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A tall, lean Australian fast bowler who can get the temperatures to soar with a fiery quick, sharp bouncer – Ben Cutting had his first taste of the IPL in Ahmedabad, in the Rajasthan Royals vs Delhi Daredevils contest. And it was a rather interesting outing, filled with mixed performances but ending in a win.
The match started for him when RR’s stand-in captain, Steve Smith – Shane Watson missed the match with a niggle – promoted him in the bating order at No.6, ahead of himself and James Faulkner. Cutting scored eight from six before getting run-out.
With the ball, he sent down a few short deliveries and some wide ones in his first over, before gaining his rhythm with the in-swinging yorkers, one of which got him his first IPL wicket – Imran Tahir, clean bowled. He returned with figures of 4-0-31-1.
After the Royals’ comfortable 62-run win over the Daredevils, Cutting spoke to IPLT20.com about his initial experience in the big league and his mixed bag performance on his IPL debut. Here are excerpts from his interview:
Your first IPL game. Had fun?
Had a lot of fun. It was nice to get one out of the way because I’ve been here a couple of times and it’s good to finally play my first IPL game.
Were you surprised when Steve Smith sent you in to bat ahead of himself?
We had spoken about it before the game and that decision was part of our game plan, which depended on how the wicket was going to play. Smithy is a wonderful batsman and to leave him in the shed says wonders about the boys batting in the top order.
Did batting first on this pitch help you form your bowling plans better today?
Definitely, yes. We sort of knew how the wicket was going to play from the past two games here; we knew it was going to get worse. Today, we lost the toss, but we still got to bat first on the deteriorating pitch. So, we were very happy with that.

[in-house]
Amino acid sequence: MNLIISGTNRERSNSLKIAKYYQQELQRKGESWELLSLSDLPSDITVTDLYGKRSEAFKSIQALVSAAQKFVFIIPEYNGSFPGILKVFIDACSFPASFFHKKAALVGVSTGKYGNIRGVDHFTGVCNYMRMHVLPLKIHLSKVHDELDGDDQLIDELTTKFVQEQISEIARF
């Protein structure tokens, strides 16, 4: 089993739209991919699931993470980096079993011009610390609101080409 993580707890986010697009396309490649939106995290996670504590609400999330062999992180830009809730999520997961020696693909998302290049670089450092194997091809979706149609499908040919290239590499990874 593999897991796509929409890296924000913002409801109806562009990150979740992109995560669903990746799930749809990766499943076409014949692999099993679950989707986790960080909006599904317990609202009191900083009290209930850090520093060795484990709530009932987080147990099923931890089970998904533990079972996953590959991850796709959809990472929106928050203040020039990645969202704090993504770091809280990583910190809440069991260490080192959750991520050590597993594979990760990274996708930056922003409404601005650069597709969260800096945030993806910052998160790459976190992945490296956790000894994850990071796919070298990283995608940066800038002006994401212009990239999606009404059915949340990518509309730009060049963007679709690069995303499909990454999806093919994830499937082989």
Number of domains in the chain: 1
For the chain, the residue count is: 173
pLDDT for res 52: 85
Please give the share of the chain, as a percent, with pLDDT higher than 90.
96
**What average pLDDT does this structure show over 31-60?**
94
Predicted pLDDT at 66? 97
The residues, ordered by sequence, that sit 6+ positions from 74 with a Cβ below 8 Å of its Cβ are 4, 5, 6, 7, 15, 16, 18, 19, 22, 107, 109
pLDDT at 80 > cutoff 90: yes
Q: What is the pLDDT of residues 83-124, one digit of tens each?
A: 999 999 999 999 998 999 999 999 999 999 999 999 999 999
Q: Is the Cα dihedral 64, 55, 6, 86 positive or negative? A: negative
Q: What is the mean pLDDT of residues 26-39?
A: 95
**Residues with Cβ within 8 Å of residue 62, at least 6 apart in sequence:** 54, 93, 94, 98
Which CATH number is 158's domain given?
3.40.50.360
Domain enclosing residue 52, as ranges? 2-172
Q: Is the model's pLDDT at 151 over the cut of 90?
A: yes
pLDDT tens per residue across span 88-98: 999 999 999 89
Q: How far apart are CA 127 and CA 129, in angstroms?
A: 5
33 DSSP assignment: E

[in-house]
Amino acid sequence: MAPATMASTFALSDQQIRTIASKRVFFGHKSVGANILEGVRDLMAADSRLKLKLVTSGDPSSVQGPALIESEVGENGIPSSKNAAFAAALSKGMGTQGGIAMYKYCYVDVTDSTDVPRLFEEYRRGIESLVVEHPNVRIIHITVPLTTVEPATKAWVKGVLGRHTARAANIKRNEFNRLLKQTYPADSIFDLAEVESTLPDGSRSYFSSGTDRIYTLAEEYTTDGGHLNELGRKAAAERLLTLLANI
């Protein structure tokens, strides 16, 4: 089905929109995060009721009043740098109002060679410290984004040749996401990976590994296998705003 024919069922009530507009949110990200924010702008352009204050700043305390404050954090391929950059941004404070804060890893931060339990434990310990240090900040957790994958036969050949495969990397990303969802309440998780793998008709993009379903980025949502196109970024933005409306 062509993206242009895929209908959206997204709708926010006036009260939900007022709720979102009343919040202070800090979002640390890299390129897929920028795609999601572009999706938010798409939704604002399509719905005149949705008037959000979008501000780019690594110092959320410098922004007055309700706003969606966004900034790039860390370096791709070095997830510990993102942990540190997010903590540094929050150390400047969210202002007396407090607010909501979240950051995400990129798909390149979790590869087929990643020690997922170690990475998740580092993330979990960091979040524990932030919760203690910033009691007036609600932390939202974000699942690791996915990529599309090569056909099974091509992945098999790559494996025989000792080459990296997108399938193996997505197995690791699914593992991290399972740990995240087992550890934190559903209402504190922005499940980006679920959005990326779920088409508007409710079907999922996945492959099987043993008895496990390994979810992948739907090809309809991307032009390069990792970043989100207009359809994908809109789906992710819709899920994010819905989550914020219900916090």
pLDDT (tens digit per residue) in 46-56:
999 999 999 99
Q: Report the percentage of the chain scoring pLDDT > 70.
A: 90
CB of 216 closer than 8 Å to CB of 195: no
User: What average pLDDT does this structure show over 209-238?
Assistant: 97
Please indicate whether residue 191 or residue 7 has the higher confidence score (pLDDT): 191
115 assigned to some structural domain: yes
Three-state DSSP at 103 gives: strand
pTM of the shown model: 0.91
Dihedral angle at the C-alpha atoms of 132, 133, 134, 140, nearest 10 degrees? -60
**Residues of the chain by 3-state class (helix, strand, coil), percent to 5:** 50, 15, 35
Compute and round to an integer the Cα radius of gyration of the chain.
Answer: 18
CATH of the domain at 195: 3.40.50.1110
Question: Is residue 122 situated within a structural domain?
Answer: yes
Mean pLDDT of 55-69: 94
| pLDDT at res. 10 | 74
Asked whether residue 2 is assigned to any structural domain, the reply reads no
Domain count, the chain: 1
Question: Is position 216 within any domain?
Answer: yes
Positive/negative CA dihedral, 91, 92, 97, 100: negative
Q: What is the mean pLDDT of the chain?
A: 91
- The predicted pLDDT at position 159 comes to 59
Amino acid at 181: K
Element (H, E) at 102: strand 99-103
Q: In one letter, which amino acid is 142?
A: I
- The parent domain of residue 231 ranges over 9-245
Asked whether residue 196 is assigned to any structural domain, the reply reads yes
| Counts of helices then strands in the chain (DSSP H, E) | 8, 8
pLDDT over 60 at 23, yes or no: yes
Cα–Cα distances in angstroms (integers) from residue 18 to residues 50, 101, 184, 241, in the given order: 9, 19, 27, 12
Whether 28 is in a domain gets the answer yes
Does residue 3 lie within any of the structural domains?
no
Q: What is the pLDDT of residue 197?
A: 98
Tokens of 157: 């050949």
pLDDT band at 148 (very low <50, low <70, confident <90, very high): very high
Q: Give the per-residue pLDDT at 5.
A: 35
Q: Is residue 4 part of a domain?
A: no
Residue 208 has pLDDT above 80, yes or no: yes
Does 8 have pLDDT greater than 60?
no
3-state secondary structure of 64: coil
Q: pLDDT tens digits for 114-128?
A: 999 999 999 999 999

One of your biggest strengths as a bowler is the quick, sharp bouncer that you bowl. Does it get difficult when you’re bowling in conditions that negate your strengths?
It can, sometimes. But in saying that, most wickets in India are actually conducive to the odd bouncer. A little bit more grass on this wicket and we could get the odd one to rise. Sometimes, when you bowl short on these sorts of wickets, it can actually be harder to play than it is on a true wicket, where the batsman can use your pace. Your first over was a little sketchy with a few short and wide balls. But then, you were right on the money, bowling those in-swinging yorkers. Improved through the course of the four overs?
Yes, it was also a case of a bit of nerves. This was the first cricket game I had after four-five months. I am happy that the rusty beginning was followed by a few good things in the game. James Faulkner is becoming a bit of a specialist when it comes to bowling on these wickets, especially in the death. Do you talk to him in that regards?
I have, actually. He’s been here for a while now, has played a few IPL games and done very well. So, it makes sense for me to pick his brains when it comes to bowling on these pitches in the end overs.
At times, do you feel like you’re in one of your Aussie teams?